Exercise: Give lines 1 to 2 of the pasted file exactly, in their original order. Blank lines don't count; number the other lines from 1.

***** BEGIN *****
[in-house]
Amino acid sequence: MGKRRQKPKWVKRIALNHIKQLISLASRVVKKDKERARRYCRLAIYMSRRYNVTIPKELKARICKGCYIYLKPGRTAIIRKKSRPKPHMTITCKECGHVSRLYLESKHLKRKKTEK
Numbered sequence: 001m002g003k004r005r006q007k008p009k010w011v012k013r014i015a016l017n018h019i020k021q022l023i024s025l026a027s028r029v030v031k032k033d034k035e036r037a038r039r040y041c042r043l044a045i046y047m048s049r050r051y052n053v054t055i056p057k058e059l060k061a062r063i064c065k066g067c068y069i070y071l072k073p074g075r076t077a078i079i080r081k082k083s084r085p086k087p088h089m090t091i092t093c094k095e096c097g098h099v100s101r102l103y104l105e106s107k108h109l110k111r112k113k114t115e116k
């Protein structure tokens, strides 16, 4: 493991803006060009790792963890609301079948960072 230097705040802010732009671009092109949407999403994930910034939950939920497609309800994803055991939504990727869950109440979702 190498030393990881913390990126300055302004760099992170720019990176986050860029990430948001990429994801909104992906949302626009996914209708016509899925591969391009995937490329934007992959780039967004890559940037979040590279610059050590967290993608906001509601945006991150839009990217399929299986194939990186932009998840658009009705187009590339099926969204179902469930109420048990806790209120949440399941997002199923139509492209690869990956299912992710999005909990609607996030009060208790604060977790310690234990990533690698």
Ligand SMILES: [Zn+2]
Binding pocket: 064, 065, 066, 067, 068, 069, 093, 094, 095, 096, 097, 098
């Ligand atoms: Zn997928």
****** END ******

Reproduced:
[in-house]
Amino acid sequence: MGKRRQKPKWVKRIALNHIKQLISLASRVVKKDKERARRYCRLAIYMSRRYNVTIPKELKARICKGCYIYLKPGRTAIIRKKSRPKPHMTITCKECGHVSRLYLESKHLKRKKTEK